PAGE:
Palm Sunday - A Different Kind of King

For the first thirty or so years of his life, Jesus went about largely unrecognised. The King of the universe, the Creator of all things, walking among us, unknown, un-noticed, undercover. Was he ever picked on or bullied as a kid? Was he ever pushed to one side in the synagogue? Was he ever not paid for a carpentry job that he did? 
He knew who he was, God knew who he was, but most of everyone around him had no real idea. He was just like everybody else. Even when Jesus started his ministry, people didn't know who he was. They thought he might have been another teacher or rabbi. His own family questioned him. 
He preached obscure messages, parables hinting at but hiding his true identity to most it seemed. Sometimes, through a healing or deliverance, a glimpse of who he really was would be revealed - more than a rabbi, more than a teacher – but they would be told to keep quiet for now. The Son of God, the Messiah, concealed. However, revelation often comes bit by bit, part after part, layer upon layer, over time.  
On what would become known as Palm Sunday Jesus knew it was time to pull back more of the curtain to reveal the King. It was time! A few days before the Passover, the highest religious festival of the Jews, Jesus made his way to the Jerusalem area, with its swollen population. What an audience! This was the moment for the big reveal, the big entrance. Cue donkey! 
Word got out that he was coming. A huge crowd gathered to greet him – not with a “Hello!” but a “Hosanna!” (“Save us!”) A victory parade – for a king, for the prophesied, long-anticipated, Messiah King – the King who had come to save his people. Waving Palm leaves, as Israel’s nationalistic symbol, just as we might wave the Union Jack as the Queen celebrates her Jubilee. 
At last, the recognition that Jesus deserved – the King has come. “Hosanna!” It’s what you would cry if you fell into the swimming pool and didn’t know how to swim – then the lifeguard arrives – Save us!  For thirty years unappreciated, unrecognised, now cried out to, even sung to, for salvation – as Israel’s king. We may have found some in the crowd chanting “Rid us of the Romans!” 
You know, it is one thing to sing songs of worship, quite another to live lives of worship. We may shout the slogans, but do we follow the footsteps? What kind of a king do we have here?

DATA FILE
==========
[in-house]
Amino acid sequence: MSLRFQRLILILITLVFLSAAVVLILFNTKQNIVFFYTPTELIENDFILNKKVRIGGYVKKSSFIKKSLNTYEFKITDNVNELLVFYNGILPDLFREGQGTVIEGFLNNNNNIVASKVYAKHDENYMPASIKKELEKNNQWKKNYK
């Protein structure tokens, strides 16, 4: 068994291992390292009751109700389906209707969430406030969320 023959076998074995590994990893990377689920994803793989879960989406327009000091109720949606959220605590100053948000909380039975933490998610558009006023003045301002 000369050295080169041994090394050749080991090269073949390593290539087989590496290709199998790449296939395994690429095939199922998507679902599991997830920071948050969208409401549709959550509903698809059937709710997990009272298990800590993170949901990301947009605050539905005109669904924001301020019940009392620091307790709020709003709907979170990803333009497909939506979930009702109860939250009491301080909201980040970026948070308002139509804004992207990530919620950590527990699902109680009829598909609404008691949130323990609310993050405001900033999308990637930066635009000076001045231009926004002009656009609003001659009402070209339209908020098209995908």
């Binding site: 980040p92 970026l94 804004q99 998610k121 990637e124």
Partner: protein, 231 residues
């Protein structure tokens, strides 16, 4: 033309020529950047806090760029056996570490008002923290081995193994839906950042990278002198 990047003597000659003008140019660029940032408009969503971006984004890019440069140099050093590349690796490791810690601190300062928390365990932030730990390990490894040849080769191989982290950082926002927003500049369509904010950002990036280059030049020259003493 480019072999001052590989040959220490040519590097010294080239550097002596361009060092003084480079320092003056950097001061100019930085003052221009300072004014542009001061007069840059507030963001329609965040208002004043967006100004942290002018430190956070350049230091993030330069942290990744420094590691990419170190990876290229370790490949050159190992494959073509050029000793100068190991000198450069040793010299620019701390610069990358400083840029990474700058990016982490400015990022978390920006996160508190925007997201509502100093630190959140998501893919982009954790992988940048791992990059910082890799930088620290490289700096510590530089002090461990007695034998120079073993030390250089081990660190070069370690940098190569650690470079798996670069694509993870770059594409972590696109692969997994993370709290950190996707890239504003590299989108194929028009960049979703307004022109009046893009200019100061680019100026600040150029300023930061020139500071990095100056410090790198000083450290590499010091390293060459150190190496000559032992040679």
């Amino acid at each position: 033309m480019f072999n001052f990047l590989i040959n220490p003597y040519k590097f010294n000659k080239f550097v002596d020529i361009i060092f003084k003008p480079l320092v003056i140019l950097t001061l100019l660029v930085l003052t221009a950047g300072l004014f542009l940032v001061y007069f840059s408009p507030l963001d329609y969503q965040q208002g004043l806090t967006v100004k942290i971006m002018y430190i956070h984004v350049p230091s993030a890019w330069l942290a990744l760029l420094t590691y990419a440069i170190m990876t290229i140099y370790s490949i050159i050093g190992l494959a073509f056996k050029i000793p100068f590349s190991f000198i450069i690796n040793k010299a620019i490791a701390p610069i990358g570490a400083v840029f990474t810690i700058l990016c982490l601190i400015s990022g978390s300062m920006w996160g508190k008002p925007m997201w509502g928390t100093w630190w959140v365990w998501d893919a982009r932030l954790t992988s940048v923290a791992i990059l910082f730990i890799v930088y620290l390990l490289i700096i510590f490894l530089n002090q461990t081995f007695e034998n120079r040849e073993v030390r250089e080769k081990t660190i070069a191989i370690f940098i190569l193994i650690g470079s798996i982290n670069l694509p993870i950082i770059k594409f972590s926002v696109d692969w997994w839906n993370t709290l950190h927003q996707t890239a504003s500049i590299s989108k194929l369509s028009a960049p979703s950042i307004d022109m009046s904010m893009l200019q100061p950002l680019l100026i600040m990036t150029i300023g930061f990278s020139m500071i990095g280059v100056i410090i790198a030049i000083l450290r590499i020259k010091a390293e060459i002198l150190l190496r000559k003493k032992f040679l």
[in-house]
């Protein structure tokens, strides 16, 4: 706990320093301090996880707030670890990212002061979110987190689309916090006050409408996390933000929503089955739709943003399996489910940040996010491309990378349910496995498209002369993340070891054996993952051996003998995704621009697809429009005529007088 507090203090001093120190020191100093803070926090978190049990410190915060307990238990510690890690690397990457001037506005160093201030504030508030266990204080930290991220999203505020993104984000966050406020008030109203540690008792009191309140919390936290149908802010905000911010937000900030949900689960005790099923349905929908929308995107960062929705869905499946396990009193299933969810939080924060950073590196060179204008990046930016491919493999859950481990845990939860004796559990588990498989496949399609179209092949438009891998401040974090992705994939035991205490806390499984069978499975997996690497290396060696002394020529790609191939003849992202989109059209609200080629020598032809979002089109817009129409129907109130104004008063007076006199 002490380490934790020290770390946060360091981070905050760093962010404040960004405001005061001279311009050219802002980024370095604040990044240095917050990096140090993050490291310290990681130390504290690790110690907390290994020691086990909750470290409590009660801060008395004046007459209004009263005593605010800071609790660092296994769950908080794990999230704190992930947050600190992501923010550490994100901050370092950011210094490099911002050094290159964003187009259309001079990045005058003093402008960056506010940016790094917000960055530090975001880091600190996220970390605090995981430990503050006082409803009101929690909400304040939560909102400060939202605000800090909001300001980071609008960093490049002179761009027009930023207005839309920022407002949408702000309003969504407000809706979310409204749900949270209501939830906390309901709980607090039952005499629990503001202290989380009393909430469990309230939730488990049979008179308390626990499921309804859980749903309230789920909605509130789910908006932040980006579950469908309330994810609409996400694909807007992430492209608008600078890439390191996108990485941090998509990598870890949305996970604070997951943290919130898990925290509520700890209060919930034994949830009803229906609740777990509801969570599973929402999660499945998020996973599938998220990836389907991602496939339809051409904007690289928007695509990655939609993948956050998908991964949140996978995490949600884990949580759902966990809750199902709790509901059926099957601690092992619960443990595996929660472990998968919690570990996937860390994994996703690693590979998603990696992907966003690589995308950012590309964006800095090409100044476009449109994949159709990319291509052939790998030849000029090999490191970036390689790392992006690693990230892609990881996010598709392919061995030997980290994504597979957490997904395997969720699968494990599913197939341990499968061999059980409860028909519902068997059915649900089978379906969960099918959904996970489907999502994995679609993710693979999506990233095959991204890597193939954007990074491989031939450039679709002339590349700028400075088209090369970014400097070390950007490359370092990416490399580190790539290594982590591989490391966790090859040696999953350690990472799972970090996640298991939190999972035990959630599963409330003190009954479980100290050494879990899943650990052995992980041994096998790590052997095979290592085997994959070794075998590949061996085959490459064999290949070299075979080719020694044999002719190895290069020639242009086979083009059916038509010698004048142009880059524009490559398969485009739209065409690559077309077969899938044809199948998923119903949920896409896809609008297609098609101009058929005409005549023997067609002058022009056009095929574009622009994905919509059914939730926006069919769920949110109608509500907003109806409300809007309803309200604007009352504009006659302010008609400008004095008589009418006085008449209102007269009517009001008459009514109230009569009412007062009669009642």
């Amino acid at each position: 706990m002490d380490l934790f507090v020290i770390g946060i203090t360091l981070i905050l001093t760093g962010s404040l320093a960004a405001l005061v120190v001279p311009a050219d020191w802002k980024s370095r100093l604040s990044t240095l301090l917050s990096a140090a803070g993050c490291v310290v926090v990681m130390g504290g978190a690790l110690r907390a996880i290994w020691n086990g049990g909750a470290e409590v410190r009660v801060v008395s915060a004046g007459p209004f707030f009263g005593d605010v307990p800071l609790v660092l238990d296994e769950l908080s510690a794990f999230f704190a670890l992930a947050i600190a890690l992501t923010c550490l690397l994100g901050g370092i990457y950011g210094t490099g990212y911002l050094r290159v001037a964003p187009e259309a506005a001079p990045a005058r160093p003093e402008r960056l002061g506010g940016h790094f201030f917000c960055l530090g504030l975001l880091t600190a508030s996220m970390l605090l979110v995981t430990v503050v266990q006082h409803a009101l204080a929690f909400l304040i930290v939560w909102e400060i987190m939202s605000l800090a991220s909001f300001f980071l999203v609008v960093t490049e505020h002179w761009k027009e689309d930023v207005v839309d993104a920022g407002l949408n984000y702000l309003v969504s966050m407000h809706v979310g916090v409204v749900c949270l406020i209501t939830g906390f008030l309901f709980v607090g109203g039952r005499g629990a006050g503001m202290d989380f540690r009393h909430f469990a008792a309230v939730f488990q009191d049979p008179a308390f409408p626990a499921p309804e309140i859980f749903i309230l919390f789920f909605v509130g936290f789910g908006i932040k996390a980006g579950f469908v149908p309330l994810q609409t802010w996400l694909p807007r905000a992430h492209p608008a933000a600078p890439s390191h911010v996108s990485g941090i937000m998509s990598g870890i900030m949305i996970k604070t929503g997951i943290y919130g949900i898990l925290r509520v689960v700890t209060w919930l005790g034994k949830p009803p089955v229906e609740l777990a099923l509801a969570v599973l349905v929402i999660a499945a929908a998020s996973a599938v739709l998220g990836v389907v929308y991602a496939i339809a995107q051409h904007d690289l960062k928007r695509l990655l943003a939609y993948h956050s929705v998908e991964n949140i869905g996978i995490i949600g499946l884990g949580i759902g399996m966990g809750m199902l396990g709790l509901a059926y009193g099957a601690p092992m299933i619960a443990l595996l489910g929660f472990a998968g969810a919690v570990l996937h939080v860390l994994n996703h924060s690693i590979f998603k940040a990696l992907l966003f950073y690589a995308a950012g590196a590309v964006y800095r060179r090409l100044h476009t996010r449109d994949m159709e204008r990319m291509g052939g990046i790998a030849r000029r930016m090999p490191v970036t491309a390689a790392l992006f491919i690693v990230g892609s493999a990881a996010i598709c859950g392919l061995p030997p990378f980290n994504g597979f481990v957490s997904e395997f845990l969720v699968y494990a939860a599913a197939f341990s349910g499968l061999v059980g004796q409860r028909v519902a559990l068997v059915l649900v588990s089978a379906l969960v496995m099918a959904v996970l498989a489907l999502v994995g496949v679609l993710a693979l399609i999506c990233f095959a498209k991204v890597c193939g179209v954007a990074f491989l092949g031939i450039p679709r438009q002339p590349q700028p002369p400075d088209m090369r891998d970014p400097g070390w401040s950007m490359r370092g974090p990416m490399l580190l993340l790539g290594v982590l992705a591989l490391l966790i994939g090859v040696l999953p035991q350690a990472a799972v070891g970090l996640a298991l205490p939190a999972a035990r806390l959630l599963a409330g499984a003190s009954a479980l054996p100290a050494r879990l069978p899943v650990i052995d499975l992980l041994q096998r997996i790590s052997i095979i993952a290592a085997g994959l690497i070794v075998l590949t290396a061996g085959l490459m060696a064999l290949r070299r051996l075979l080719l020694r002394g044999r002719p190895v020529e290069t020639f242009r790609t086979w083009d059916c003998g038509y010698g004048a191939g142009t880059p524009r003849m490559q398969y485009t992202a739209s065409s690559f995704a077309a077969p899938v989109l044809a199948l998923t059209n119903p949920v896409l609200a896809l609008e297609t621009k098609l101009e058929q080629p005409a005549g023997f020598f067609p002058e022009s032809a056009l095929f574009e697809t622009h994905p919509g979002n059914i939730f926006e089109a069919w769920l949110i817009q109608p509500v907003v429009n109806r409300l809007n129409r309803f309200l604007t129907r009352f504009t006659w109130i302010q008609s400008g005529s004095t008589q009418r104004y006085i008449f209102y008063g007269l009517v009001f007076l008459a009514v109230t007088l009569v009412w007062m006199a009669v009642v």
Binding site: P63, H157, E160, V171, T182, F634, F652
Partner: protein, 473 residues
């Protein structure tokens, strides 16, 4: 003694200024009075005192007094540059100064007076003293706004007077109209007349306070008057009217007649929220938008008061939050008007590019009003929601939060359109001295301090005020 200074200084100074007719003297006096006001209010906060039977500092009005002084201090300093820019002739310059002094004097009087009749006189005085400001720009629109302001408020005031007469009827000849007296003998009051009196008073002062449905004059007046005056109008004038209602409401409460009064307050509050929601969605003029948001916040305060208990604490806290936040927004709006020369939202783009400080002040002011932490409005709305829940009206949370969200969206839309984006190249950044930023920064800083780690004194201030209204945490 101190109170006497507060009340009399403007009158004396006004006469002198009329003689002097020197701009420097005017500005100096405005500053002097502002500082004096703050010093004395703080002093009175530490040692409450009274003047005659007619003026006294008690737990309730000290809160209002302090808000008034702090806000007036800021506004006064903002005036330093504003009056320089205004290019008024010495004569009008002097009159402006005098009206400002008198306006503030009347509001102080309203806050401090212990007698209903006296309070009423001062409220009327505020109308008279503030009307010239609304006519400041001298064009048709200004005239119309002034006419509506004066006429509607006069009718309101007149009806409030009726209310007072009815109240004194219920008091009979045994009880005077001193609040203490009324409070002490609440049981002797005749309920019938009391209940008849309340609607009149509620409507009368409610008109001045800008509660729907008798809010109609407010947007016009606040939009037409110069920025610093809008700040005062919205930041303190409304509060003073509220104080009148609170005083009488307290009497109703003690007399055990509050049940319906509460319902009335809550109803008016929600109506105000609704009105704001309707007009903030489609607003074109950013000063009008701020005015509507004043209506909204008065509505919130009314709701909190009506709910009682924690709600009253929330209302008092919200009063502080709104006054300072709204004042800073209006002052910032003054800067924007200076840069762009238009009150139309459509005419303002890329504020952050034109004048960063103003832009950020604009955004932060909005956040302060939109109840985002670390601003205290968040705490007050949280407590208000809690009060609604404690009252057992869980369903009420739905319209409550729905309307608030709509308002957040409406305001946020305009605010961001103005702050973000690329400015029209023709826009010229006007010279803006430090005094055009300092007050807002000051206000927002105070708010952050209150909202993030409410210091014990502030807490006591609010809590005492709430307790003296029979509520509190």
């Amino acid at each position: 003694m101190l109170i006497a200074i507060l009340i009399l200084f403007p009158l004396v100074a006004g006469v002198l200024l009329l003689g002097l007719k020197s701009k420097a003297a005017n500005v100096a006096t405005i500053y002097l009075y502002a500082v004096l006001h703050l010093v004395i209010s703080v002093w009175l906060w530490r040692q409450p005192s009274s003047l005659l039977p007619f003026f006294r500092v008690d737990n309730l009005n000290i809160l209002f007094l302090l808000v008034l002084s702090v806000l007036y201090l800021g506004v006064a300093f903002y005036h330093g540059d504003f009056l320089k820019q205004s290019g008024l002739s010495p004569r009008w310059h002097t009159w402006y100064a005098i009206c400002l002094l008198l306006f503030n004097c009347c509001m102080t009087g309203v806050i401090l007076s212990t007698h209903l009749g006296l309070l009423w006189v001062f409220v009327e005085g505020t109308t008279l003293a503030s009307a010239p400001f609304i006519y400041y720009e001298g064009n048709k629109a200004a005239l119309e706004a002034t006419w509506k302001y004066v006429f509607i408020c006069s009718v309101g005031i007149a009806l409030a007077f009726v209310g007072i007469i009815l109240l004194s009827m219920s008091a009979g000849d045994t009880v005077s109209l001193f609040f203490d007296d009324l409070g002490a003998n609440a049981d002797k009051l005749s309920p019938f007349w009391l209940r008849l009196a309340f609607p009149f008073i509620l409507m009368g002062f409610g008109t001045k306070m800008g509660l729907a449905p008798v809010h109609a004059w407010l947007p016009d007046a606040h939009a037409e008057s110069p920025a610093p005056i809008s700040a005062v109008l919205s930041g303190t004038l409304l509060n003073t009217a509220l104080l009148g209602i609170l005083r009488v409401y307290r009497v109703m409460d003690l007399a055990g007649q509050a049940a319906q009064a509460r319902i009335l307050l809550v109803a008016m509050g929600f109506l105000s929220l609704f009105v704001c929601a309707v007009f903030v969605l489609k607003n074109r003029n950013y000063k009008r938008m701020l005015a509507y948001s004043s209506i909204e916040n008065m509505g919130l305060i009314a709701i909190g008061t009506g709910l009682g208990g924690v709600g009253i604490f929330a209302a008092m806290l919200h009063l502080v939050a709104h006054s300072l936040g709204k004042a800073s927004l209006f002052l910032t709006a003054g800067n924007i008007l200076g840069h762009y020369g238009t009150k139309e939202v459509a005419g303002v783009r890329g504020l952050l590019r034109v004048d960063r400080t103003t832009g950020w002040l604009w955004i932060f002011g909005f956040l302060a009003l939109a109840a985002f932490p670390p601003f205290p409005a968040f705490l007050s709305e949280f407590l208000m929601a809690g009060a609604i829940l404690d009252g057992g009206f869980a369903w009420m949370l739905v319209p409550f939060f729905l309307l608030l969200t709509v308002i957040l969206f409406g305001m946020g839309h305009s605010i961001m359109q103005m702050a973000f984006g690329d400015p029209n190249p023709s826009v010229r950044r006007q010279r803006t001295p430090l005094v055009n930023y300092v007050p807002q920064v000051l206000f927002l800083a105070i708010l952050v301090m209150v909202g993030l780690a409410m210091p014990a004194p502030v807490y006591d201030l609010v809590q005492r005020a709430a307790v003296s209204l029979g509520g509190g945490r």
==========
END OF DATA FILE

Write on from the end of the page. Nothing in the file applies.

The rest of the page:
This Christ King came with consequences – and ones that not everyone would welcome. This king came not to be served, but to serve – and called his followers to do likewise. This king came not to lord it over others, but to lay his life down for others, even his enemies, and called his followers to do likewise.  
This king wore not a golden, bejewelled crown, but the painful curse of the thorn. He was beaten black and blue with his own sceptre, a crimson robe mockingly laid upon his flogged and bloodied, shredded shoulders. Jesus came not to rule from a golden throne in an ivory-inlaid palace but reigned from a rough wooden cross – which he had to carry to his place of humiliation and execution. He was not a king with manicured nails. No, his nails were hammered in, piercing flesh. This king calls for followers – yet he calls from his cruel cross. He is Christ Crucified! 
Jesus said, "If anyone would come after me, they must deny themselves and take up their cross daily and follow me.” (Luke 9:23) “… anyone who does not carry their cross and follow me cannot be my disciple.” (Luke 14:27) The Way of Life goes through the Cross-road of Death. Sacrificial Life! 
“At first his disciples did not understand all this. Only after Jesus was glorified did they realise that these things had been written about him and that they had done these things to him.” (John 12:16) That one editorial comment of John’s points us to look beyond the event to see something deeper. There's more here than meets the eye, more than the disciples understood at the time. 
If we want to worship Jesus as our King, then we need to worship him as the King on the Cross – he doesn’t offer us a kingship of any other kind. We may want him to be a different kind of king, perhaps a king in our own image, but he comes as a king firmly in his own image – a humble, servant-king.  
Instead of singing “What a Friend we have in Jesus” we may prefer the sentiment "What A Trend We Have in Jesus" - we want to follow the Jesus that fits in with our lifestyle, only while the going is easy. But we are not here to change Jesus, he is here to change us.  
Revd. Michael Hogg